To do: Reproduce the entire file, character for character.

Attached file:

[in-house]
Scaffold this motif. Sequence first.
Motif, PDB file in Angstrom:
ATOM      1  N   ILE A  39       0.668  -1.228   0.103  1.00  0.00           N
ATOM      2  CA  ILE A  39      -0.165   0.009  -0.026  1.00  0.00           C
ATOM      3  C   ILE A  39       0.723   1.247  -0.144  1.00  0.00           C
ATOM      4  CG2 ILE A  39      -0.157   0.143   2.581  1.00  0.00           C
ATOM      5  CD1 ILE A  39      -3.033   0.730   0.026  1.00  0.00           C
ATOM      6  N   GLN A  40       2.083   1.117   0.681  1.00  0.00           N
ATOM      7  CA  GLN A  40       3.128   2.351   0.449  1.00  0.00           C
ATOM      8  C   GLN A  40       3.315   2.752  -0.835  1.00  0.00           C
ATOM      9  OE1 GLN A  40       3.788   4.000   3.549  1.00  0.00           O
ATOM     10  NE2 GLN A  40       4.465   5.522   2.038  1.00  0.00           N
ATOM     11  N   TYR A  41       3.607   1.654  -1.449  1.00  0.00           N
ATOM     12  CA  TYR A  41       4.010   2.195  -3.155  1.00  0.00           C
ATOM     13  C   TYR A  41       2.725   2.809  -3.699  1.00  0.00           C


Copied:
[in-house]
Scaffold this motif. Sequence first.
Motif, PDB file in Angstrom:
ATOM      1  N   ILE A  39       0.668  -1.228   0.103  1.00  0.00           N
ATOM      2  CA  ILE A  39      -0.165   0.009  -0.026  1.00  0.00           C
ATOM      3  C   ILE A  39       0.723   1.247  -0.144  1.00  0.00           C
ATOM      4  CG2 ILE A  39      -0.157   0.143   2.581  1.00  0.00           C
ATOM      5  CD1 ILE A  39      -3.033   0.730   0.026  1.00  0.00           C
ATOM      6  N   GLN A  40       2.083   1.117   0.681  1.00  0.00           N
ATOM      7  CA  GLN A  40       3.128   2.351   0.449  1.00  0.00           C
ATOM      8  C   GLN A  40       3.315   2.752  -0.835  1.00  0.00           C
ATOM      9  OE1 GLN A  40       3.788   4.000   3.549  1.00  0.00           O
ATOM     10  NE2 GLN A  40       4.465   5.522   2.038  1.00  0.00           N
ATOM     11  N   TYR A  41       3.607   1.654  -1.449  1.00  0.00           N
ATOM     12  CA  TYR A  41       4.010   2.195  -3.155  1.00  0.00           C
ATOM     13  C   TYR A  41       2.725   2.809  -3.699  1.00  0.00           C